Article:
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The Guardian will not stop printing newspapers, despite a report in the Telegraph that it is moving to online-only.
The Guardian has denied that it is phasing out its print edition, as the Daily Telegraph reported the paper is "seriously discussing" a move to an online-only format.
"Senior figures at Guardian News & Media are seriously discussing the move to an entirely online operation, it has been claimed, leaving [Editor Alan] Rusbridger increasingly isolated," the Telegraph wrote Wednesday afternoon.
The Guardian quickly denied the allegations in the story, blogging a response just an hour after the Telegraph's story went online.
"When a story is published that is so obviously wholly inaccurate it is hard to know quite how to describe it. A mistake? A falsehood? A flyer?" wrote Guardian blogger and journalism professor Roy Greenslade. "...The Daily Telegraph posted a story on its website saying The Guardian is 'seriously discussing' end to print edition. But the truth is, the whole truth and nothing but the truth, is that The Guardian isn't about to do anysuch thing."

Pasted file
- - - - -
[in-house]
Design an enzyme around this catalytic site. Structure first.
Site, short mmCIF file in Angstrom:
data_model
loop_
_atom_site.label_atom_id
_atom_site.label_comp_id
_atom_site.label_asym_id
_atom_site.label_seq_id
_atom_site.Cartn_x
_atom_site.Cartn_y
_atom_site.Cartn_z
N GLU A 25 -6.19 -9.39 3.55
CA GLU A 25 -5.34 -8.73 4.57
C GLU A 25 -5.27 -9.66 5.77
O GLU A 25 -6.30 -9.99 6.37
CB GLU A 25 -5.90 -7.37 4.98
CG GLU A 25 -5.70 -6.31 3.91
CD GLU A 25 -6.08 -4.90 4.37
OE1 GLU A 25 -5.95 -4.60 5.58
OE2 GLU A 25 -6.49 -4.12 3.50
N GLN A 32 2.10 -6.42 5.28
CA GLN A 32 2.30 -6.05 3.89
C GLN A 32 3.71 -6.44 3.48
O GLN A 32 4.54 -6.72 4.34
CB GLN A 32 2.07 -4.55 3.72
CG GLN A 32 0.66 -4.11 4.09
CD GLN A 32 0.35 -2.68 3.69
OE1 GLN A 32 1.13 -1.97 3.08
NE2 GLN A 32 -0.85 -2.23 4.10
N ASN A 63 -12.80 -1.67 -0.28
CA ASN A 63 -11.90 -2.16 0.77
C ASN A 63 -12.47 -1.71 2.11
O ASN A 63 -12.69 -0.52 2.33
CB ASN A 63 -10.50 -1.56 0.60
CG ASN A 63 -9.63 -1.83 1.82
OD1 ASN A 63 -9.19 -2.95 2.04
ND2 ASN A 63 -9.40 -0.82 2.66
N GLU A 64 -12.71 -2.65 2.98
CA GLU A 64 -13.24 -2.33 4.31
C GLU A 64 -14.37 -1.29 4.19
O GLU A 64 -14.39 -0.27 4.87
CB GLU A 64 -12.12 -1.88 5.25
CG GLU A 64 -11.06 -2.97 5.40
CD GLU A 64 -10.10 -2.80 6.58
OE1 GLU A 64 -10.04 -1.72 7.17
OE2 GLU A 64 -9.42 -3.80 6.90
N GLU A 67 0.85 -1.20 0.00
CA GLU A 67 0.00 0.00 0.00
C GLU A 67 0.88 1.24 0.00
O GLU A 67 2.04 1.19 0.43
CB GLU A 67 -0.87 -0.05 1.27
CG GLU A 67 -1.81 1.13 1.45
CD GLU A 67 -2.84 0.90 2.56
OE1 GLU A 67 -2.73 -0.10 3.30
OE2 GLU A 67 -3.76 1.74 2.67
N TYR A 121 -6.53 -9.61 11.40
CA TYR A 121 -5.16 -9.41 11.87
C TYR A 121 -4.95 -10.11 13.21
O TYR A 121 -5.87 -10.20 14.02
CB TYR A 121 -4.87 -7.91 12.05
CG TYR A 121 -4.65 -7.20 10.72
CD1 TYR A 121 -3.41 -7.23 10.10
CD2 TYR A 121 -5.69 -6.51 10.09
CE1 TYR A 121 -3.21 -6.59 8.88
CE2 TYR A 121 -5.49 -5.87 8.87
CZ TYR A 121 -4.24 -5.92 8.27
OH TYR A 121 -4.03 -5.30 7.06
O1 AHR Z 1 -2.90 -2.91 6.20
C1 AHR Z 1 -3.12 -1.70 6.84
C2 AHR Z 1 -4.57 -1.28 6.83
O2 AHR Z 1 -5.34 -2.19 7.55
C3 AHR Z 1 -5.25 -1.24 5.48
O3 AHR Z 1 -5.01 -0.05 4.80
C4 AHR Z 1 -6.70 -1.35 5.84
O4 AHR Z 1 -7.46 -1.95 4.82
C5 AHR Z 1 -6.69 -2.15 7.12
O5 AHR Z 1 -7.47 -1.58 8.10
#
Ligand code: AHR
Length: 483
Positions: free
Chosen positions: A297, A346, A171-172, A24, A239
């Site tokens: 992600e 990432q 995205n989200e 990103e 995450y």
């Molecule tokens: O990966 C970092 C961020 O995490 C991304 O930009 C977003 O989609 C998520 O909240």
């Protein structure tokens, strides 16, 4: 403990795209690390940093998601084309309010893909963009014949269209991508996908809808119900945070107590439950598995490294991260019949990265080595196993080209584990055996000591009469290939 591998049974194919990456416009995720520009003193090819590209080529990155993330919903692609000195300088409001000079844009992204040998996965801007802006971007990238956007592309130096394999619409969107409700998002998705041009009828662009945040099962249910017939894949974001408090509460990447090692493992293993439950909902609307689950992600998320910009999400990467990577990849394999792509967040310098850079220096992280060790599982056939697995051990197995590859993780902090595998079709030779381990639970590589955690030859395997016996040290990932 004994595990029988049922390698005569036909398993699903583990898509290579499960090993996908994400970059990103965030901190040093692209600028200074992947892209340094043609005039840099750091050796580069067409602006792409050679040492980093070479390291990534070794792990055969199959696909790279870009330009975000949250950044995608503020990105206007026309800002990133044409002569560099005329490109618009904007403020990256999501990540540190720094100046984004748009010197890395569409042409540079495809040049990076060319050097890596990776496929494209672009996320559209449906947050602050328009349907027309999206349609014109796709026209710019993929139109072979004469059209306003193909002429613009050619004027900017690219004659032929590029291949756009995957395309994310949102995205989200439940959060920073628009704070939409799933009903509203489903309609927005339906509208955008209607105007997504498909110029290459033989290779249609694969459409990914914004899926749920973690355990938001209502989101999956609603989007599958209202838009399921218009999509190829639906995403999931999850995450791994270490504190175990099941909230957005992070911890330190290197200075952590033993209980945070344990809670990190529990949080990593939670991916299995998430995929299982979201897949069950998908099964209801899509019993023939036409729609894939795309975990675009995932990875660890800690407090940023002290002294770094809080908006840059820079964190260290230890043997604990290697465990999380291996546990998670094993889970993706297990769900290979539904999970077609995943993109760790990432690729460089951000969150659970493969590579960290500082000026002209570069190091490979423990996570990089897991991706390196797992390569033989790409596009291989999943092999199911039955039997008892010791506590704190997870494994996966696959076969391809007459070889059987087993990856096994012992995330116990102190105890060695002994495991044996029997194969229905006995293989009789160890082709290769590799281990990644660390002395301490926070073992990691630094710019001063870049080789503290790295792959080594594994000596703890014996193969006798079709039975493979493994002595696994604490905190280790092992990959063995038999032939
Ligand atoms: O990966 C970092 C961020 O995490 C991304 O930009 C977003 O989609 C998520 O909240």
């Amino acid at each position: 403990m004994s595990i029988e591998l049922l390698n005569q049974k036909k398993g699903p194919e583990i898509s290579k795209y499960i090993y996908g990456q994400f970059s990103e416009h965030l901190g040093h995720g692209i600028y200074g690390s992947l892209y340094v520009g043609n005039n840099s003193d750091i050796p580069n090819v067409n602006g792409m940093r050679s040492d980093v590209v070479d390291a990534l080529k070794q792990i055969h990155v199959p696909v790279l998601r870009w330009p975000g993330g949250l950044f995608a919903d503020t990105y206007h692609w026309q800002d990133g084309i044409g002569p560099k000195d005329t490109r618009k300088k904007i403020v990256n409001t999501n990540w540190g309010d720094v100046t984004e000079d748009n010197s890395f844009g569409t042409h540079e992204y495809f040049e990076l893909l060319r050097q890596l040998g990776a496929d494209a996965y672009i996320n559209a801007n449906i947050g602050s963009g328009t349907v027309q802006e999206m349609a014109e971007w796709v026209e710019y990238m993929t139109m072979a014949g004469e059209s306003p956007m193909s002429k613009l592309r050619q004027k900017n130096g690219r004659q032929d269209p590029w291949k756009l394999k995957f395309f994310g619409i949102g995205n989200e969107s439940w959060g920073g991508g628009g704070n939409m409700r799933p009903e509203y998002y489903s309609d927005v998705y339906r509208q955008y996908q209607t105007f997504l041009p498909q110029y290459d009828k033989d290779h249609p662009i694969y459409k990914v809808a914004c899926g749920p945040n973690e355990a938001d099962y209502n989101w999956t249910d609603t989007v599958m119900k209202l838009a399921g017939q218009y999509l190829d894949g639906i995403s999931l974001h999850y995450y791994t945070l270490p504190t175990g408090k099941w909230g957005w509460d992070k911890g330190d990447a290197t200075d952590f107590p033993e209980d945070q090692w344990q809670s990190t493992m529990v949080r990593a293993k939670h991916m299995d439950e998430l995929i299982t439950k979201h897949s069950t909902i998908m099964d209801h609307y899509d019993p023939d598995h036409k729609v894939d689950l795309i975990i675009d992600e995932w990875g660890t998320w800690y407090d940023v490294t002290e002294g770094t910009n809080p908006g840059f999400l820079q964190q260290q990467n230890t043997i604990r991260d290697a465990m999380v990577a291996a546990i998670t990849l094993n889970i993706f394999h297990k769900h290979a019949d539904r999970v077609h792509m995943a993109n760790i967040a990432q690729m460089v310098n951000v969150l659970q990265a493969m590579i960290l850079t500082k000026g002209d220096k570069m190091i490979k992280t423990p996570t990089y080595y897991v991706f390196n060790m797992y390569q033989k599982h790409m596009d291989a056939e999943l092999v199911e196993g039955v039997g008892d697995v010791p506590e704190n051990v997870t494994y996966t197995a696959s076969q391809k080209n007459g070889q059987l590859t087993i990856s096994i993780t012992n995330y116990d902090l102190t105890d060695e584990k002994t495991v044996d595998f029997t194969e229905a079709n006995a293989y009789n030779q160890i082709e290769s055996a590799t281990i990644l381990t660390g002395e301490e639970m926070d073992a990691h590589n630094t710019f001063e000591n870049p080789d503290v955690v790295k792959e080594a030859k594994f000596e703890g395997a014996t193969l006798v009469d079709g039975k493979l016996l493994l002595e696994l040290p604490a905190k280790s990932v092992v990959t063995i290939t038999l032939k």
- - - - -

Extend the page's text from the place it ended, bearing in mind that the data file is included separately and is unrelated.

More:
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Marketing news website More About Advertising also reported that while the Guardian's veteran editor Alan Rusbridger wants to keep printing the paper, the Guardian News and Media owners Scott Trust are worried that the company won't be able to sustain both a print and online edition for much longer.
Poynter has highlighted the lack of hard facts in the Telegraph story, the lede of which was phrased with "remarkable ambiguity."
“There is no truth in reports that The Guardian intends to stop printing newspapers," the Guardian's communications head Richard Lindsay said in an e-mail to Poynter. "Our newspapers generate three-quarters of our revenue and will remain the foundations of our organization for many years to come."